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  1.  29
    Scientific misconduct and findings against graduate and medical students.Debra M. Parrish - 2004 - Science and Engineering Ethics 10 (3):483-491.
    Allegations of scientific misconduct against graduate students appear to have unique attributes in the detection, investigation, processes used and sanctions imposed vis-à-vis other populations against which misconduct is alleged and found. An examination of the cases closed by the Department of Health and Human Services’ Office of Research Integrity and the National Science Foundation reveals that most of the allegations made against graduate and medical students are for falsification and fabrication. Further, additional processes are used in these cases, e.g., student (...)
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  2.  22
    On identifying research misconduct respondents.Debra M. Parrish - 2005 - Science and Engineering Ethics 11 (2):171-172.
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    Commentary on "scientific misconduct: Present problems and future trends" (b. mishkin).Debra M. Parrish - 1999 - Science and Engineering Ethics 5 (2):299-301.
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    Falsification of Credentials in the Research Setting; Scientific Misconduct?Debra M. Parrish - 1996 - Journal of Law, Medicine and Ethics 24 (3):260-266.
    The debate about the definition of scientific miscon duct is being revisited by the scientific community in response to the Commission on Research Integrity's recommendation for a new definition. Scientists and lawyers are debating whether scientific misconduct should include acts that are not unique to the scientific community and do not affect the research. Falsification of credentials is one form of such misconduct.The Office of Research Integrity and the National Science Foundation, the two federal agencies primarily responsible for developing policies (...)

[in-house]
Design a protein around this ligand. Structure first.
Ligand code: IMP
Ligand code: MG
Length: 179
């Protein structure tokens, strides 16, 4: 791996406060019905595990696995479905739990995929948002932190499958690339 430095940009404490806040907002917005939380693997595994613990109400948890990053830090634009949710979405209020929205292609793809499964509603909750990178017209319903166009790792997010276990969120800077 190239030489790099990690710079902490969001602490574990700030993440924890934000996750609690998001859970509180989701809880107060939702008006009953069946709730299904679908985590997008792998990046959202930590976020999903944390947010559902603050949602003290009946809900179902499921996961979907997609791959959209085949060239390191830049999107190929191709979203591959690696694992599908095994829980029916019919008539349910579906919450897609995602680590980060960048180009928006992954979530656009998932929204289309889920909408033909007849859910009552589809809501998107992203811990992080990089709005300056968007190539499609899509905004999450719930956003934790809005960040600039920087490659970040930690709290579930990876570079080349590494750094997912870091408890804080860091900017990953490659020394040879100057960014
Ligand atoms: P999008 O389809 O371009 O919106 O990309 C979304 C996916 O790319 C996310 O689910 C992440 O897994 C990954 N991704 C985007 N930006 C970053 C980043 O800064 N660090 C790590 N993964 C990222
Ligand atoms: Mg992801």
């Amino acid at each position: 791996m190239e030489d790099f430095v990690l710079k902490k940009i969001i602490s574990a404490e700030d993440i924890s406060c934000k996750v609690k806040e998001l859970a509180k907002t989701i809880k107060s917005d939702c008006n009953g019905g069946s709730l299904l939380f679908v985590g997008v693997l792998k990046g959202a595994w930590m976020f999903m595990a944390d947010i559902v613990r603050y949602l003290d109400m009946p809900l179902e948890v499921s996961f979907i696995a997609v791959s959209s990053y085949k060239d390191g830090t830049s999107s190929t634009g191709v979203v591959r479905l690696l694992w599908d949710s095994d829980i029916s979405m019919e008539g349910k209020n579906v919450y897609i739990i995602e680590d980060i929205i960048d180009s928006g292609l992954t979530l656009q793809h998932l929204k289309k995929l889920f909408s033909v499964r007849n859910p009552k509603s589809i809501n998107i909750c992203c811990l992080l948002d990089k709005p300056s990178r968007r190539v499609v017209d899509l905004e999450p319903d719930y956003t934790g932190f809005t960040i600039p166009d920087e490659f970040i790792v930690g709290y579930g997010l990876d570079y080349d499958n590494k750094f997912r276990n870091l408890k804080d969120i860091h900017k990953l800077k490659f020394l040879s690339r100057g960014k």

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    Falsification of Credentials in the Research Setting; Scientific Misconduct?Debra M. Parrish - 1996 - Journal of Law, Medicine and Ethics 24 (3):260-266.
    The debate about the definition of scientific miscon duct is being revisited by the scientific community in response to the Commission on Research Integrity's recommendation for a new definition. Scientists and lawyers are debating whether scientific misconduct should include acts that are not unique to the scientific community and do not affect the research. Falsification of credentials is one form of such misconduct.The Office of Research Integrity and the National Science Foundation, the two federal agencies primarily responsible for developing policies (...)
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